Moody's said on Monday Dexia had experienced further tightening of its access to market funding.

Read more: http://www.smh.com.au/business/world-business/dexia-warning-spooks-global-investors-20111004-1l5vl.html#ixzz1ZpJKQo9c

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Eurozone finance ministers refuse immediate bailout for Athens

Luxembourg prime minister and Eurogroup president Jean-Claude Juncker

Eurozone finance ministers have put off until next month any decision to give the green light for a further €8bn bailout for Greece despite recognising that the Athens government had made some considerable progress in slashing the country's debts.

Jean-Claude Juncker, Eurogroup chairman, repeatedly made plain early on Tuesday that none of the eurozone countries was urging a Greek default and categorically denied that there was any question of Greece leaving the euro area.

In a move certain to disappoint markets, the 17 finance ministers sent signals they had no intention of agreeing to reboot the zone's rescue fund of €440bn closer to the €2tn or more demanded by leading investors and analysts. EU officials reiterated that there was "no Plan B".

But Juncker and Olli Rehn, the EU economic and monetary affairs commissioner, indicated that ministers had for the first time discussed measures to improve the bailout fund's efficiency and effectiveness in order to raise its firepower – code for raising the guarantees it needs for buying up more government bonds in the secondary market. Juncker said: "We consider that we should by no means increase the fund's financial volume."

He dropped a broad hint that private bondholders would be forced to pay more than the 21% "haircut" agreed at the 21 July meeting that increased the fund's volume and approved the second €109bn bailout for Greece – ascribing that to "technical" reasons.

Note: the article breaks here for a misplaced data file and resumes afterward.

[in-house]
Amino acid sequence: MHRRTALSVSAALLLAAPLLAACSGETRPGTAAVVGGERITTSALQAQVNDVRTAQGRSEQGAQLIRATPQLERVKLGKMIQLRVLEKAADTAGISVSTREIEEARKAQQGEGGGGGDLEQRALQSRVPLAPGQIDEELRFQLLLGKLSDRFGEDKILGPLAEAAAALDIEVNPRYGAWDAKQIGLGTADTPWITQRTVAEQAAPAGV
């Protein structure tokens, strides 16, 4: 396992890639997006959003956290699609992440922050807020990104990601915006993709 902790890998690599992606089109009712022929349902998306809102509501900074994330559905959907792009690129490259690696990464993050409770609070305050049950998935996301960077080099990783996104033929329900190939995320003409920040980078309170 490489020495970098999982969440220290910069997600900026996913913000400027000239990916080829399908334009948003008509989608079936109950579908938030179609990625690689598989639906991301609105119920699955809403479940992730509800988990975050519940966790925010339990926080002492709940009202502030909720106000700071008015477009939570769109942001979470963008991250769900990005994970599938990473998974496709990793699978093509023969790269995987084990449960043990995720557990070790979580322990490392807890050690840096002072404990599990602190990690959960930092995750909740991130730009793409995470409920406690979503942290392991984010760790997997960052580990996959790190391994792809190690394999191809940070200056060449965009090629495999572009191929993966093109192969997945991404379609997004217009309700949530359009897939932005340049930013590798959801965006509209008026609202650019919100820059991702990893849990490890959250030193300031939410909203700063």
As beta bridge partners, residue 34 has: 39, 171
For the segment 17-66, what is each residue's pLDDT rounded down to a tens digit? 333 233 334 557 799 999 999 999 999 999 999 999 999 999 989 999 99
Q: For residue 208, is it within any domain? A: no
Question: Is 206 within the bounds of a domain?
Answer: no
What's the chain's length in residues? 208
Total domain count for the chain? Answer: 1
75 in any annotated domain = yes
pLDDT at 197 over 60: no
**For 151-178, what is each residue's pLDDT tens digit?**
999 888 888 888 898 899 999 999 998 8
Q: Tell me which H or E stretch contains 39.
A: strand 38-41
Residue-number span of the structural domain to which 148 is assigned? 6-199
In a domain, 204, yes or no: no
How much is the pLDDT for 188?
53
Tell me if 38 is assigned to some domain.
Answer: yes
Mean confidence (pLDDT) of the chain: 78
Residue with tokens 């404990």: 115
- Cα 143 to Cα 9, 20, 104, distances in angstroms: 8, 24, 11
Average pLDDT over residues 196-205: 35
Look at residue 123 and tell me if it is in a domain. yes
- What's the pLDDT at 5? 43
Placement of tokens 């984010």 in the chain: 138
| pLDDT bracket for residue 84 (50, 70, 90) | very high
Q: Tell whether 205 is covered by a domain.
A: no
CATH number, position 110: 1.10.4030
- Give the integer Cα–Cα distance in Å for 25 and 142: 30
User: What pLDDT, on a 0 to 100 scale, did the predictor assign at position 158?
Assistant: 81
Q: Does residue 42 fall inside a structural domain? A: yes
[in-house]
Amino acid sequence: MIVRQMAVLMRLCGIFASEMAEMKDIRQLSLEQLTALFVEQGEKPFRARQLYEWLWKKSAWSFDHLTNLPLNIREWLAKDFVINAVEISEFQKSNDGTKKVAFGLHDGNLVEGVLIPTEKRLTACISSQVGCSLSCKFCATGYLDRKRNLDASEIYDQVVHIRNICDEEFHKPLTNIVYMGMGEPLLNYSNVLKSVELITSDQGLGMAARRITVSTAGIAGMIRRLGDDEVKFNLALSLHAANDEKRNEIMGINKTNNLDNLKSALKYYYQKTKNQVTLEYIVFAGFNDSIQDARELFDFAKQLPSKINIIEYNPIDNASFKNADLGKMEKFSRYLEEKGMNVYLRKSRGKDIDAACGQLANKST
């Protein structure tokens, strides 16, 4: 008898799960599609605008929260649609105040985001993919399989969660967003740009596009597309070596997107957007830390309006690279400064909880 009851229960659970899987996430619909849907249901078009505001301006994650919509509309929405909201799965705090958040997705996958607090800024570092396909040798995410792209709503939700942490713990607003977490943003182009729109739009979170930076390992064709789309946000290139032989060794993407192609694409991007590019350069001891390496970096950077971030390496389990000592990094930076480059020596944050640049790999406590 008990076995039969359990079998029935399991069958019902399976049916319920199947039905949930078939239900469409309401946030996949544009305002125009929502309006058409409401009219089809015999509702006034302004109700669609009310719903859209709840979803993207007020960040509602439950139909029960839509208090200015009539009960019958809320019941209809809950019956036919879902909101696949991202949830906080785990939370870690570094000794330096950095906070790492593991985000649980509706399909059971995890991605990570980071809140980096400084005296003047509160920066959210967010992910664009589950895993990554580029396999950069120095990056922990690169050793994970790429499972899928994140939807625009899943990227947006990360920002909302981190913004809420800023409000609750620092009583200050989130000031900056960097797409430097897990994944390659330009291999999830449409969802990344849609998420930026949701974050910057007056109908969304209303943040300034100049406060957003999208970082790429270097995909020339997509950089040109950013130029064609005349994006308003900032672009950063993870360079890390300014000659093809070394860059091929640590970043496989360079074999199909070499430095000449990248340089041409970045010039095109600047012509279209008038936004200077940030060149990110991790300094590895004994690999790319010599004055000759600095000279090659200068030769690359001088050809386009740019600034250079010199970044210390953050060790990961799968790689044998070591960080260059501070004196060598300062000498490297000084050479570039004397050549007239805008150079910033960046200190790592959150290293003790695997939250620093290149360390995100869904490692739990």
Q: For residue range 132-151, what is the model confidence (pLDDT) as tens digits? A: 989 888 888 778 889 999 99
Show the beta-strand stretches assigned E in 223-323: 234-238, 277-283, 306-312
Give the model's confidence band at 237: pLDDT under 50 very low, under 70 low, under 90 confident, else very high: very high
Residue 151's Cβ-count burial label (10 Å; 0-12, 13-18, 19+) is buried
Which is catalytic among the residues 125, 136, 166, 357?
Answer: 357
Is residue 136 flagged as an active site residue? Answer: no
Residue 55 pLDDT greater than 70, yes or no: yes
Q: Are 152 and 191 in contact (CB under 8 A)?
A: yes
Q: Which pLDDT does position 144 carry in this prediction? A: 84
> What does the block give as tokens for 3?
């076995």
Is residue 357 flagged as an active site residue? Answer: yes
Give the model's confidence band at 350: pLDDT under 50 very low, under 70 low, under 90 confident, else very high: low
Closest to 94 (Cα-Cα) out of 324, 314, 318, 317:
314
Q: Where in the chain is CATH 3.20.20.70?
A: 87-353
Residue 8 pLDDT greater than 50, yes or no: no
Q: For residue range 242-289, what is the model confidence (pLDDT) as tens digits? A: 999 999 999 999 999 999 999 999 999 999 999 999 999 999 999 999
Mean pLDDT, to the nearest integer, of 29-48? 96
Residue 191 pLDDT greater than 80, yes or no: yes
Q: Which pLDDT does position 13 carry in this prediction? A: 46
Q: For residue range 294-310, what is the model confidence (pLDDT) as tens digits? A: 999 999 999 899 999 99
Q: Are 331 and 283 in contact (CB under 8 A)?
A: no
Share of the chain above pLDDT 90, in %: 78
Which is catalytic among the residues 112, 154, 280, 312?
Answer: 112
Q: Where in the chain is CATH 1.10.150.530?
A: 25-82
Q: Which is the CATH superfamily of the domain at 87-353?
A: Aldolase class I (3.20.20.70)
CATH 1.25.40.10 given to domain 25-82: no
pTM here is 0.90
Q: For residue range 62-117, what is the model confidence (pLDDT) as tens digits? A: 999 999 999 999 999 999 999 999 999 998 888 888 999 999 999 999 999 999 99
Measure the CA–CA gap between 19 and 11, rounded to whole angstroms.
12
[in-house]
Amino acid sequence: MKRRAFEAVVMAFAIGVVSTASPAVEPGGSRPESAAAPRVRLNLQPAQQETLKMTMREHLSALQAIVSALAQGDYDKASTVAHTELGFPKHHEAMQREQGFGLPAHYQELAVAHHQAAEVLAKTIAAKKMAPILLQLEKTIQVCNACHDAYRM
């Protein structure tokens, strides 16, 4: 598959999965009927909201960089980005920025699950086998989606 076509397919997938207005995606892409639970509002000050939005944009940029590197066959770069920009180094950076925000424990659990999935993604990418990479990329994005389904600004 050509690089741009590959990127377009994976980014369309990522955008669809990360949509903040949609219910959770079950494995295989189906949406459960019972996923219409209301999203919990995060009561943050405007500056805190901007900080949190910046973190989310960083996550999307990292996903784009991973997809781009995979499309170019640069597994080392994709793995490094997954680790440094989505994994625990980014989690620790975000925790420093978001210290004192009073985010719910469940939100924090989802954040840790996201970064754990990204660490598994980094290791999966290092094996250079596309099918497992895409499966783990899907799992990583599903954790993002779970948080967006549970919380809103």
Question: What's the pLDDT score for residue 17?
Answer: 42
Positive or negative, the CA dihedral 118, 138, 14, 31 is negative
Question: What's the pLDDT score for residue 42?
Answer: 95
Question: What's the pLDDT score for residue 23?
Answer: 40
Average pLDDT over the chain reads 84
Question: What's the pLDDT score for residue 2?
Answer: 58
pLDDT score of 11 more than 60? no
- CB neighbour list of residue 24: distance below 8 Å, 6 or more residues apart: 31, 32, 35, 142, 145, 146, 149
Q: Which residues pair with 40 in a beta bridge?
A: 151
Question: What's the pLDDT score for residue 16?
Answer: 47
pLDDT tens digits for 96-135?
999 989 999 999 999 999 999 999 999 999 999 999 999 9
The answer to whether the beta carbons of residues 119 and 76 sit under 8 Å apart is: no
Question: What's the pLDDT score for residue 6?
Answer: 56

Juncker and Rehn recognised Greece had made strides towards overcoming its debts and budget deficit but said that the Athens government had to be stricter about structural reforms and more ambitious in implementing privatisations.

It emerged that the ministers will be asked to approve the fresh €8bn aid as late as at a new meeting on 13 November once inspectors from the troika of European commission, European Central Bank and IMF have given their latest – and delayed – progress report on compliance. Juncker insisted that Greece could meet all its financial obligations – and suggested the new tranche of aid would be paid out in November.

After the Greek cabinet sent the euro and stock markets plunging on Monday by admitting on Sunday the country would not meet its target budget deficit this year or next, Evangelos Venizelos, had sought to win favours by insisting that the new budget was "very ambitious".

Entering Monday night's talks, he declared that the intention was to present "for the first time after many years" a primary surplus of €3.2bn next year compared with a deficit of €29bn only two years ago. He said the fiscal consolidation had been "very strong and very fast."

On Sunday Greece said its deficit would be 8.5% of GDP this year compared with a target of 7.6% and 6.8% in 2012 compared with a target of 6.5% but Venizelos insisted it had taken "all the necessary and difficult measures to fulfil its obligations".

He said: "Greece is a country with structural difficulties but Greece is not the scapegoat of the eurozone." Even so, anxieties about a Greek default sent the euro to a 10-year low against the yen and a nine-month low against the US dollar.

The French president, Nicolas Sarkozy, meanwhile said he would meet the German chancellor, Angela Merkel, in Berlin on Sunday for talks on "ways and means to accelerate the economic integration of the eurozone economy".

Ostensibly, the eurozone's two most powerful political figures are preparing the way for the crucial summit of the 17 member countries that will take place on 18 October or a day after a summit of all 27 EU countries, including the UK.

But the talks are bound to raise market hopes that the pair will come up with an outline plan for substantially increasing the scope of the European financial stability facility (EFSF) that can be put to the eurozone summit without necessarily boosting its funds. Slovakia assured ministers that its parliament would endorse the enhanced EFSF by 14 October.

Christian Noyer, Bank of France governor, indicated he was open to a scheme that would allow the EFSF to be leveraged – most likely by increasing the guarantees it can rely on to buy up more bonds and make bigger precautionary loans to countries suspected of being in trouble.

The Guardian